Both my daughters will be voting in a presidential election for the first time this year, symbolic of their emerging adulthood. Perhaps more importantly, for the first time there may be a woman candidate for president of a major party, and, symbolic of the hope I have for my children’s futures, a female President of the United States.
I’m not in favor of voting for a candidate simply because of their sex, but in this case, Hillary Clinton’s gender is incredibly relevant. My girls, 18- and 20-years-old, are entering the work world, emerging as adults with increasing responsibilities and ambitions. Leaving a supportive home, the world around them is less likely to treat them equally, or even fairly, as women.
As young children on the playground, my ability to encourage them and help them handle new challenges and take risks was great. Letting them climb on the outside of the playground equipment with huge smiles on their faces, while fending off the criticism of other parents for allowing such risky behavior, or spotting them as they hung upside down on the monkey bars, at the same time shushing my wife’s nervous and cautioning utterances, these were experiences I could make possible for my girls.
They’ve had access to sports and a range of experiences, and I’m not saying my kids haven’t had role models. Starting with their successful mother, female teachers in all disciplines, relatives and mothers of friends, my daughters’ world is filled with smart, creative, successful women who have exciting, demanding careers. Still, I fear the glass ceiling awaits my girls.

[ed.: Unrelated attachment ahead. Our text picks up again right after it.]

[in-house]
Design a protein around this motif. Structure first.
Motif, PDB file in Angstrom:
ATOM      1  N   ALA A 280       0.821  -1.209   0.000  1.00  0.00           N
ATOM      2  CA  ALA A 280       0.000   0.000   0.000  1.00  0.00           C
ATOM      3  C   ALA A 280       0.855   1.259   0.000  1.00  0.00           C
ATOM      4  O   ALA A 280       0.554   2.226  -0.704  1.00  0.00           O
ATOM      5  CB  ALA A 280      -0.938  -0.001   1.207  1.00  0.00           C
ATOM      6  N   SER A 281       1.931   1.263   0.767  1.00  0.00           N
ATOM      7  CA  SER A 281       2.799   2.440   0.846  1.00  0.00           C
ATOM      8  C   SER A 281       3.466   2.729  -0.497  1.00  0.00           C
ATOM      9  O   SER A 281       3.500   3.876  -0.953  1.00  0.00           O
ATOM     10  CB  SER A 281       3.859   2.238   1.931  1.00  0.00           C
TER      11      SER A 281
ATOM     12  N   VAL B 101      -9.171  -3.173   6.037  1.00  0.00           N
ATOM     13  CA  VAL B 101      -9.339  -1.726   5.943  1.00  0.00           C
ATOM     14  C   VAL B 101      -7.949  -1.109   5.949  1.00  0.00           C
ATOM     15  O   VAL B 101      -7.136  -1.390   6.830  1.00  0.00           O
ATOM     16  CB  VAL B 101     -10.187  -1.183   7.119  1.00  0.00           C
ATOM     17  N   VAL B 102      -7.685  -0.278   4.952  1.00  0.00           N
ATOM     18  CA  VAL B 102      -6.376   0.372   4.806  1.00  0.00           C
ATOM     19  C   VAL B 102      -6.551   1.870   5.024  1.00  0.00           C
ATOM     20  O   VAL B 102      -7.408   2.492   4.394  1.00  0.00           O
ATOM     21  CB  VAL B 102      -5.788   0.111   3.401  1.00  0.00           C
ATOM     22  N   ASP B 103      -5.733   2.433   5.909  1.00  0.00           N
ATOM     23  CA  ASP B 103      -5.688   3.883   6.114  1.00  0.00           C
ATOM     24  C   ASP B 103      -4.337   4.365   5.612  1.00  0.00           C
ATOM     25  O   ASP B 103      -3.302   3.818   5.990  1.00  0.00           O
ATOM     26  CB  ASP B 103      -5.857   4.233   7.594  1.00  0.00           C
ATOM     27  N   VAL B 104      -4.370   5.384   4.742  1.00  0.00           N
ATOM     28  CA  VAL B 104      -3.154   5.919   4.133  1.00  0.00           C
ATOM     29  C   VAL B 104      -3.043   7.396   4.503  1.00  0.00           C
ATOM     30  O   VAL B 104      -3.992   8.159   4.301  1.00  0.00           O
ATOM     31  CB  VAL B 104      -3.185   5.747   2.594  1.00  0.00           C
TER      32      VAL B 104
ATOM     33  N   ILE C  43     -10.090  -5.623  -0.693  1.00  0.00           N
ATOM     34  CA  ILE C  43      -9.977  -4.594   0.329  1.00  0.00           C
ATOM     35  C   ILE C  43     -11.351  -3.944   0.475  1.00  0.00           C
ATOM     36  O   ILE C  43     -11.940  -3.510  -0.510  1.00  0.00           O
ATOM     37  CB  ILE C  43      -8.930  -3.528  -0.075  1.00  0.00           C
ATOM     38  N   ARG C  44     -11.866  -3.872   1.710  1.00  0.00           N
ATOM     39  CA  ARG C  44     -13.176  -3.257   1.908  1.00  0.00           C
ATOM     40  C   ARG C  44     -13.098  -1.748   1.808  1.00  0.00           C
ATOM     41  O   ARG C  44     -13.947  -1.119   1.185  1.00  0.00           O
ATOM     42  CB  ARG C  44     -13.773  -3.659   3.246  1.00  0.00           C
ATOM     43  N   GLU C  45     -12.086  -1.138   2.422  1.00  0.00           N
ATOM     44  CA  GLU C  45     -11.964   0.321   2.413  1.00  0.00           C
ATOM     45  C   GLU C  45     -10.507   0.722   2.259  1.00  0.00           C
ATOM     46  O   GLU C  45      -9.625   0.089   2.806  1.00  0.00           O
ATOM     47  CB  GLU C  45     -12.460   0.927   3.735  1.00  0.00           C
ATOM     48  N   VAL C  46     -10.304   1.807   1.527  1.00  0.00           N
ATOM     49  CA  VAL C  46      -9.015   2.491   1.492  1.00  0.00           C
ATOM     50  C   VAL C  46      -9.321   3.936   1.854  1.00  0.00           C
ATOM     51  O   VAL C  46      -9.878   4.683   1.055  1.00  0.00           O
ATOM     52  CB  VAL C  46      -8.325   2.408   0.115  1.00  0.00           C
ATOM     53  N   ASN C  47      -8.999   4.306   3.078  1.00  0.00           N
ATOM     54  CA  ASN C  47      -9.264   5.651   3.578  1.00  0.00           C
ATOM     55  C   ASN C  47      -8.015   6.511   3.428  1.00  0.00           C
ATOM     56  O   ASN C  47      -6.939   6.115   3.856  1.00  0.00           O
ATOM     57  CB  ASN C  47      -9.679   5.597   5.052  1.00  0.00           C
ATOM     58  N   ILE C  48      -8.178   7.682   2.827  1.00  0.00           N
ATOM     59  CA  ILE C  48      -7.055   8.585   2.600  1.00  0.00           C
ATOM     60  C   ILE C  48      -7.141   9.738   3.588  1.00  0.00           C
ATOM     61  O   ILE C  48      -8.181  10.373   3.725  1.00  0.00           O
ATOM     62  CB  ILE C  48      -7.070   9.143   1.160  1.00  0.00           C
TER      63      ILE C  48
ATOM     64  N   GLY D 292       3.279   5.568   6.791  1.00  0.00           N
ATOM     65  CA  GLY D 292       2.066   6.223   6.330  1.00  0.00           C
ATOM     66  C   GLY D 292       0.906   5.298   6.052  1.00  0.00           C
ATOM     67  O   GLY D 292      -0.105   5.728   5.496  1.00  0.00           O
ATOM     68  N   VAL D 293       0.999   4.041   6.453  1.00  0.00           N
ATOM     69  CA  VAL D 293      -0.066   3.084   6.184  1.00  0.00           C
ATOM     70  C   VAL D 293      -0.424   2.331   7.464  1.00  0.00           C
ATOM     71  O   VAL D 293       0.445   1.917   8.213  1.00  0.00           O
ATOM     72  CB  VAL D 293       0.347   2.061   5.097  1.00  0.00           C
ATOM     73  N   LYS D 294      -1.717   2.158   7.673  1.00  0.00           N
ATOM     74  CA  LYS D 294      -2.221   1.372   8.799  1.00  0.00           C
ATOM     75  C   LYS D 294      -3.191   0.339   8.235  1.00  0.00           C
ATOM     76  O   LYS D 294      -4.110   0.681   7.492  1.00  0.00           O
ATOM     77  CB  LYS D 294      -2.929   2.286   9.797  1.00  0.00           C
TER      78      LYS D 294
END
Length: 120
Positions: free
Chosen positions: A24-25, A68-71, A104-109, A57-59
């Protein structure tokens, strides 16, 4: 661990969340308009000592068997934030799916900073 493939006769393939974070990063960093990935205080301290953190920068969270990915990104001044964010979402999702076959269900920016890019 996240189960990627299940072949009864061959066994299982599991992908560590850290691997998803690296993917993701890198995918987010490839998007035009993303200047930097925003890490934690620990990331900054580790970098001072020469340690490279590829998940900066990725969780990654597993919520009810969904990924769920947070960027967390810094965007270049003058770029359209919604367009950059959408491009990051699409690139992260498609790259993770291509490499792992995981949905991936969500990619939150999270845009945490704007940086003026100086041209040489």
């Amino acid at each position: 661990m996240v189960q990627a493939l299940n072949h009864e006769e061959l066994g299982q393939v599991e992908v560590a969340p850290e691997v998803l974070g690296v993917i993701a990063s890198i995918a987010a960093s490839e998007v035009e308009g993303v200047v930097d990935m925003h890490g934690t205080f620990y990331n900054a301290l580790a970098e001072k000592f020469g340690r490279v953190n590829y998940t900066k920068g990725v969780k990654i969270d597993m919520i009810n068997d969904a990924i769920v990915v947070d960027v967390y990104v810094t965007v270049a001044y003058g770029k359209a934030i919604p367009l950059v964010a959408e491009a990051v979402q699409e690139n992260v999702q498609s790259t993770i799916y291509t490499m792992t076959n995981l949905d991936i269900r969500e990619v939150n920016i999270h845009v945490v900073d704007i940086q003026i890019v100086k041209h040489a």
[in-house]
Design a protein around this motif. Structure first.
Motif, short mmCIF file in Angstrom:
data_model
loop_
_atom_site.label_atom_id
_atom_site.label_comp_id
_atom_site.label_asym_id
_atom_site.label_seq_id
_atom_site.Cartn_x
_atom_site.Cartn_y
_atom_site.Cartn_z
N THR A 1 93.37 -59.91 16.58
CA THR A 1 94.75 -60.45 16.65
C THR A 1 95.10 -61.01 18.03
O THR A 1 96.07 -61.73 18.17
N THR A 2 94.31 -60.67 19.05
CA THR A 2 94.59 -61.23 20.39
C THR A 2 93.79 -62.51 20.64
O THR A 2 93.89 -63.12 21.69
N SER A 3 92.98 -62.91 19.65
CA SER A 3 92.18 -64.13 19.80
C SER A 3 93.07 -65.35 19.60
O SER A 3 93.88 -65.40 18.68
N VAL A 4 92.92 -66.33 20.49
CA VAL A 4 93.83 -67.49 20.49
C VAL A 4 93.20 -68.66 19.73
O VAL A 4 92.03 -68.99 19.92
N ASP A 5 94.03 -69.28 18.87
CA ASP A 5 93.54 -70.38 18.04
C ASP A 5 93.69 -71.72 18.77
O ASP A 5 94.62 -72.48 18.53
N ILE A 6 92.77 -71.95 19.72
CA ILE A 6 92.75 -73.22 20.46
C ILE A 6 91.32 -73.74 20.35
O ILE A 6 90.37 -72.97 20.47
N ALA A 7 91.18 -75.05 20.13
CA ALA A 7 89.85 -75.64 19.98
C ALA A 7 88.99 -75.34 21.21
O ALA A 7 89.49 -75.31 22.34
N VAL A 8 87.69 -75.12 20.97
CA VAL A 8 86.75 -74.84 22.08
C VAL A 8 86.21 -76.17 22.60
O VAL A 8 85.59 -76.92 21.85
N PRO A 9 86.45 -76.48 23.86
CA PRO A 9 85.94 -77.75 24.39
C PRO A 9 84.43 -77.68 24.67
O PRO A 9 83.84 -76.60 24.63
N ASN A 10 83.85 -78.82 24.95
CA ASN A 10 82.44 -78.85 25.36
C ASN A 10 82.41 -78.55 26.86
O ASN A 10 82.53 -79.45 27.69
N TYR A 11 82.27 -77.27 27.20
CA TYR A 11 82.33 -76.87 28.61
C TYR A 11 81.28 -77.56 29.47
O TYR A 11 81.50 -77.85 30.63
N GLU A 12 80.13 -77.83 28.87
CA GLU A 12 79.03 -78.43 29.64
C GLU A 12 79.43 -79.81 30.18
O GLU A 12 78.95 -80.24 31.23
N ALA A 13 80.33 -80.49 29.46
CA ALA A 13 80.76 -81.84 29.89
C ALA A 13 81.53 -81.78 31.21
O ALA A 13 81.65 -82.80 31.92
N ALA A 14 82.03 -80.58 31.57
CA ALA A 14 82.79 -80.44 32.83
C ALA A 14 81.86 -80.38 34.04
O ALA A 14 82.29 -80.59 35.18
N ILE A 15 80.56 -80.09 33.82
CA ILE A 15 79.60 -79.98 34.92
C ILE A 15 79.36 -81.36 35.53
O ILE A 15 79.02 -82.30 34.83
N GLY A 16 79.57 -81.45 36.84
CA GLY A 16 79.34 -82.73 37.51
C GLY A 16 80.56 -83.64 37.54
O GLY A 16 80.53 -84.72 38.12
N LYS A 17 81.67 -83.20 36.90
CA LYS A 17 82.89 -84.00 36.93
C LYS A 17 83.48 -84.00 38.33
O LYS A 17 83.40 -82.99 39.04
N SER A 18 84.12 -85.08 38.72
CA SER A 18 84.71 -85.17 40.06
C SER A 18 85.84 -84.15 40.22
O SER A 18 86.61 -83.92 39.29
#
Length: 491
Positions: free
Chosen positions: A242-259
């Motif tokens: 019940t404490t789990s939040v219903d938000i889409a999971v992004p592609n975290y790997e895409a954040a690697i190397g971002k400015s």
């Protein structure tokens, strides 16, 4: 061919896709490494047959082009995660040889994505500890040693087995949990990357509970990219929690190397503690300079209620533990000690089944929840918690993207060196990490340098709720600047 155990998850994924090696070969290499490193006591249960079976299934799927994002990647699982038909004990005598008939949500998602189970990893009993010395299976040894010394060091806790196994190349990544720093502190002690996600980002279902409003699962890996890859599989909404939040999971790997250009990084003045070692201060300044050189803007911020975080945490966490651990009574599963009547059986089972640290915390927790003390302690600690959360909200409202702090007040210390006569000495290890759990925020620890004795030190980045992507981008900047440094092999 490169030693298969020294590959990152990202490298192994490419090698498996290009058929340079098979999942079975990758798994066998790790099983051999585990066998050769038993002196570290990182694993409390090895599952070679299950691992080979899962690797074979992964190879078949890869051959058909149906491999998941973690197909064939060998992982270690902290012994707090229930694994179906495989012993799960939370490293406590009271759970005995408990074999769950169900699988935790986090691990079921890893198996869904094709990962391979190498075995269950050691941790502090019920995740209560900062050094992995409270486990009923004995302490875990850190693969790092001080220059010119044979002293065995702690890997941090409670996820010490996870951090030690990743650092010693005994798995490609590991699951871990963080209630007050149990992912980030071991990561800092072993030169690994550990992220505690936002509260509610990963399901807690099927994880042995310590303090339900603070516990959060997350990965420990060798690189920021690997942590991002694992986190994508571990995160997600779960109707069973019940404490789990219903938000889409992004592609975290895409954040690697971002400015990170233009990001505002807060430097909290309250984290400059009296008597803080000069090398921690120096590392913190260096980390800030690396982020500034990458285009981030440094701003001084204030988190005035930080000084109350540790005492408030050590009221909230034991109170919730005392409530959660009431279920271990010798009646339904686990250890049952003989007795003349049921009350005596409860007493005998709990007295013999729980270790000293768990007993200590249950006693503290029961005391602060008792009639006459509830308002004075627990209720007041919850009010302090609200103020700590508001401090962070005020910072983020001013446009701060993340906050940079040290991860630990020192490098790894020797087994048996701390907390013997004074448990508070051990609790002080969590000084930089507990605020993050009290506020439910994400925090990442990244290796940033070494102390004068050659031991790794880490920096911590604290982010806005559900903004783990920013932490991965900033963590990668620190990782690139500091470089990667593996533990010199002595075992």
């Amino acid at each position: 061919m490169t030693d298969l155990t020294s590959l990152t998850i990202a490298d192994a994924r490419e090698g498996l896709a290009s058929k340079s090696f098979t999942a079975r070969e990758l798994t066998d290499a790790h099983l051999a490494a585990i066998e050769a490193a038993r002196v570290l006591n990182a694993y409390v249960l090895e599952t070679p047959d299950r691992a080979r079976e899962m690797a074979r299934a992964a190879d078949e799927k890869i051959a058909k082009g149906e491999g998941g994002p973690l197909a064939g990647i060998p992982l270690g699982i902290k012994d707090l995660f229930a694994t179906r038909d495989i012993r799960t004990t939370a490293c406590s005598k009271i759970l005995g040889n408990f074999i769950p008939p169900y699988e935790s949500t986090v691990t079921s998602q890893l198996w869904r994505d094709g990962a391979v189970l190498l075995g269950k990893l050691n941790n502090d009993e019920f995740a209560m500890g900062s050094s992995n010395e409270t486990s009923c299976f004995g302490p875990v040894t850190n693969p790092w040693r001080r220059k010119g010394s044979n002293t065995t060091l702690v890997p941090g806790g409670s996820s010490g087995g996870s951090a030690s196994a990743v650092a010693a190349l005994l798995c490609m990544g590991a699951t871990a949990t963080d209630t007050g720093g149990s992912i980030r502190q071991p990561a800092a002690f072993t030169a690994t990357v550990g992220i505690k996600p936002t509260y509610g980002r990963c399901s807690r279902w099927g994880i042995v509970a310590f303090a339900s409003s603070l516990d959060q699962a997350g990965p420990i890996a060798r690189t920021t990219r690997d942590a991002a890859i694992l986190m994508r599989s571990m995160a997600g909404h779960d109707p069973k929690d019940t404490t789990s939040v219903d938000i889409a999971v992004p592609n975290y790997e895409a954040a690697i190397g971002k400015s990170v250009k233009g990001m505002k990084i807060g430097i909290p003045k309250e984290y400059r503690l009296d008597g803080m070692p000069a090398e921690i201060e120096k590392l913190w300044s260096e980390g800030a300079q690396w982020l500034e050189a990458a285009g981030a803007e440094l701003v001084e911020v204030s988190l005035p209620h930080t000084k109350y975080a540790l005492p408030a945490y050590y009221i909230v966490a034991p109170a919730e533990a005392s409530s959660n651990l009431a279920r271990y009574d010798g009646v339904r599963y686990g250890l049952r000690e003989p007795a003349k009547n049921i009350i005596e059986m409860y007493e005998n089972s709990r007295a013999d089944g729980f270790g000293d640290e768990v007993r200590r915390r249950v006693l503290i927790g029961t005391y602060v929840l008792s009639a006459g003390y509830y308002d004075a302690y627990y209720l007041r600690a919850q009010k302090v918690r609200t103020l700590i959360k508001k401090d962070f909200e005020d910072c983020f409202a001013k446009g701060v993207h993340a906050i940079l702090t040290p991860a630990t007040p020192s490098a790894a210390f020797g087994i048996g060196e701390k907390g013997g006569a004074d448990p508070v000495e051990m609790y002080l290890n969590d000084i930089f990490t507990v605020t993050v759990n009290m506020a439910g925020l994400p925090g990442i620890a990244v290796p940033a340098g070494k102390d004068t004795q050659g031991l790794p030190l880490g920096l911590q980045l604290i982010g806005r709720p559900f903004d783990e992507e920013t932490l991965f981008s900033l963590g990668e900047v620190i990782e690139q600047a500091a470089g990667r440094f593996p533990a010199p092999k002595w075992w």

The list of first accomplishments for women gets longer every year, accelerating as fewer positions and opportunities remain denied to my daughters. Still, there is the big one in the United States, that of president, leader of our country. Other countries of almost every type of government, religion, and region have elected female leaders, but my girls have yet to see a single woman be put forward as a candidate by either major political party. Plenty of women have run for president, from Victoria Woodhull on the Equal Rights Party (never heard of them, right?) in 1872 through Jill Stein for the Green Party in 2012 (who received about 470,000 — or .36 percent of votes cast), but none with a legitimate chance of winning.
Interested in the sciences and film, my daughters are entering fields notoriously unwelcoming to women. The promise of their childhood — being judged for their work and their ability — could be an empty pledge. The election of a qualified woman, and it is hard to say that Hillary Clinton isn’t more qualified than any other candidate in the field, to lead our country signals there are no limits to what my girls may strive for and achieve in their lives and that the time has come when they can expect the same chance to succeed as men in any field.
As with so many firsts, it is only important that a woman serves as president until it’s happened, then becoming an historical footnote like Kennedy being Catholic. It will be unimportant, I hope, to my granddaughters, but to my daughters, Hillary’s election is incredibly relevant to the rest of their lives.